When you’re living in Spain, you’ll find that noise is a part of your everyday life: No man is an island, and unless you buy one it’s likely that you’ll hear the occasional dog barking, children laughing or neighbours mowing their lawn. But what is the noise is louder than your everyday expectations?
What can you do and where can you turn? Here’s everything you need to know:
The Noise Levels in Spain
The noise levels in Spain are generally a little higher than you might find in other countries. In fact, according to the World Health Organisation (WHO) the only country higher on the decibel tables worldwide is Japan. The recommended threshold for unacceptable noise, as recommended by WHO, is 65 decibels. It is estimated that around nine million people living in Spain are exposed to noise over this level every year.
- 80 percent of noise pollution in Spain is thought to be caused by traffic sounds.
- Sixteen percent of households report noise caused by their neighbours (both inside and outside their homes)
When living in Spain or retiring in Spain, this noise could be seen as off-putting, but the good news is that if you are subjected to high levels of noise there are things you can do.
The Law Surrounding Noise Violations in Spain
It is illegal to exceed the set noise levels in Spain. Disturbing the peace of someone else’s home is considered to be a violation of the right to personal and family privacy, as it set out in the Spanish Constitution. In 2003 Spain introduced their first national noise law. As well as being protected by this, different regions and municipalities have also introduced their own guidelines and regulations.
Whilst this legislation is in place, it isn’t always too clear about how it can be applied. What is referred to as ‘Domestic noise’ (which is the name for noise that comes from neighbours, pets, and the use of electrical appliances) as well as any noise generated from construction sites, mopeds, garbage collection, and festivals in the street, are out of the reach of state law. If you are having any issues with these types of noise in Spain then the responsibility for dealing with your complaint would fall to regional or municipal authorities to deal with.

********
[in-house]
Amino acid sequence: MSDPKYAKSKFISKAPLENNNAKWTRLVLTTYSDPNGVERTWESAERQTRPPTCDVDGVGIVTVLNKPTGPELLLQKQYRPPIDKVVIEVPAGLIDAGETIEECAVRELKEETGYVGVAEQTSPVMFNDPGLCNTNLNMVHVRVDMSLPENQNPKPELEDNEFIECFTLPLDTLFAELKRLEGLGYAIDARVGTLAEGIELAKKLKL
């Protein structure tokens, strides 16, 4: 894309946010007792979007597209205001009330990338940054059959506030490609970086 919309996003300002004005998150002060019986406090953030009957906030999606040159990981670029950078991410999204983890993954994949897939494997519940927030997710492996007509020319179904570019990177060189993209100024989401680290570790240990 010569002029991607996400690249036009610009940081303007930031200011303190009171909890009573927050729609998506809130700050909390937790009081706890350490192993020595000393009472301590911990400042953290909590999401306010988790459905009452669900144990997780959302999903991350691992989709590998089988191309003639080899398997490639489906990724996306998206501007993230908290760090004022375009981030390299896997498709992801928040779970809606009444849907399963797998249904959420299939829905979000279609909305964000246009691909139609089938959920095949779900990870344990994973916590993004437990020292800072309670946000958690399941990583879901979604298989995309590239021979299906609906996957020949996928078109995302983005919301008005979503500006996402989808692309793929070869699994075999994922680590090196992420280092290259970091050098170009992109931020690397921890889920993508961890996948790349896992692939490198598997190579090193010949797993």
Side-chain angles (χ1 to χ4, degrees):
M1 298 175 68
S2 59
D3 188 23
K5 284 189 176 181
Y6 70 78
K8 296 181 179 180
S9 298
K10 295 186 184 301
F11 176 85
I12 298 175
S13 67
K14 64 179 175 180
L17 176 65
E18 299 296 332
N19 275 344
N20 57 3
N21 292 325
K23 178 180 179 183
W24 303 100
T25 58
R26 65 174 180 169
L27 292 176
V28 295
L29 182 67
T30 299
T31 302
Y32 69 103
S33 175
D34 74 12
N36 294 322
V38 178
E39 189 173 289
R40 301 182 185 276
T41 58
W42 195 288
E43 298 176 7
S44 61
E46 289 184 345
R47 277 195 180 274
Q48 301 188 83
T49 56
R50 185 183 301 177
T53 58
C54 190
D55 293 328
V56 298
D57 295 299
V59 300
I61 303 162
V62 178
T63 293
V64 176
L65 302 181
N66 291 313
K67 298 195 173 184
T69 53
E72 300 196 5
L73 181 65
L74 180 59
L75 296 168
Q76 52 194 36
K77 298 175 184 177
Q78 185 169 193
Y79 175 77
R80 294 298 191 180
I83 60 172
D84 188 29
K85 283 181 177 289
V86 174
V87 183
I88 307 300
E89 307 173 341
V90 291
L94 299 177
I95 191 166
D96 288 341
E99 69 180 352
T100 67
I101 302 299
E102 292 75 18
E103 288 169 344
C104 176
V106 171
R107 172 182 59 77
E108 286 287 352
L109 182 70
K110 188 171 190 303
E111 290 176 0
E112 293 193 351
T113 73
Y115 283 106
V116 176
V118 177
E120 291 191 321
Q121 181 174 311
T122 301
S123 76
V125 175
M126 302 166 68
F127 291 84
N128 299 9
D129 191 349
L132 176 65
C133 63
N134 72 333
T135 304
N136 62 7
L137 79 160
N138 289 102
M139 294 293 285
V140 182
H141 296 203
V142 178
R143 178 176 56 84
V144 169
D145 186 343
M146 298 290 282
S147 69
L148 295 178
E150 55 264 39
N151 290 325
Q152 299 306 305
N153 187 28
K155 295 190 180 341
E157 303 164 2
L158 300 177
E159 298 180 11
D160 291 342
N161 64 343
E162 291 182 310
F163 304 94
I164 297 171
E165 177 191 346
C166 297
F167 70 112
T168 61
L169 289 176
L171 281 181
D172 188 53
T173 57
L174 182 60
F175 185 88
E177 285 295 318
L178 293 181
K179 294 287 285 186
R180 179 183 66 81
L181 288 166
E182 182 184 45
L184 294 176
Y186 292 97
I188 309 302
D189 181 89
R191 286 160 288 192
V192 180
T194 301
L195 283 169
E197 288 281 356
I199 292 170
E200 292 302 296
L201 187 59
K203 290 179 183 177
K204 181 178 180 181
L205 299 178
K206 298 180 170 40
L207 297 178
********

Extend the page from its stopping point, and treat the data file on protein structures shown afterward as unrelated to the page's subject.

Here are some examples of how this works, in practical terms:
- In Bilbao, Valencia and Zaragoza, it is forbidden to carry out any construction or refurbishing work at home from 10 pm to 8 am on weekdays. The start time is shifted to 9.30 am on Saturdays and holidays.
- In Barcelona and Madrid, the ban begins earlier: all construction work should end 9 pm.
Understanding Acceptable Noise Levels in Spain
The following chart has been produced by the Spanish consumer rights watchdog OCU and outlines the legal decibel limits both during the day and during the night in different parts of Spain. The acceptable levels for bedrooms are detailed in the first two columns and other rooms in the second two columns:
What To Do If You’re Dealing With Noisy Neighbours
If you’ve found yourself with problem noisy neighbours then here are five simple steps for you to follow in order to help resolve the issue:
1. Take Time to Talk
Often noisy neighbours are unaware of the noise they are generating. Before you start taking any official channels, take time out to talk to your neighbour about your noise complaints face to face. Be calm and amicable, and you may find that the problem will be resolved quickly and easily, without any further action.
2. Know Your Rights
If talking doesn’t get you anywhere, get a copy of the local noise bylaws. You can often find these online (search for ordenanzas de ruido) or you can ask for a copy in your local town hall. Give a copy to your neighbour and keep a copy for yourself, and then start making a list of every episode of loud noise that you neighbour makes that breaches these bylaws.
If you live in a community, now is also the time to raise your complaint officially with the other community owners.
3. Issue a Written Warning
Still not getting anywhere? Now is the time to warn your noisy neighbour in writing. Write this in a calm and impartial manner (your tone should never be threatening) but make it clear that your next step will be to approach the authorities. Keep a copy of the letter for yourself, and then send the letter with another copy of the bylaws you obtained about attached. You will need both of these things if the situation ends up in court.
4. Call the police
At this point, if you’ve tried all of the ideas mentioned above, it’s time to make your complaint official and call the police. There is no rule about when you can call (you could pick up the phone at the first sign of noise, and before talking to your neighbours directly) but the attending officers are likely to be more sympathetic to your problem if they can see you have tried to resolve it independently.
Making a “denuncia” (filing a complaint) may also involve a trip to your nearest Guardia Civil police station. To complete this process you will have to provide proof of ID and have a translator with you if you’re not fluent in Spanish.
5. File an official complaint for noise
Finally, if receiving a police warning still hasn’t deterred your noisy neighbours, the final step is to go to court. Keep all of the letters and paperwork outlined above, as well as any police reports and witness testimonies from other neighbours to help your case. If the judge rules in your favour then the noisy neigbour may have to pay compensation, be forced to leave the property for up to three years if they own it or have their contract terminated if they are tenants. Proving that whilst the tunnel is long, there is always light at the end of it!
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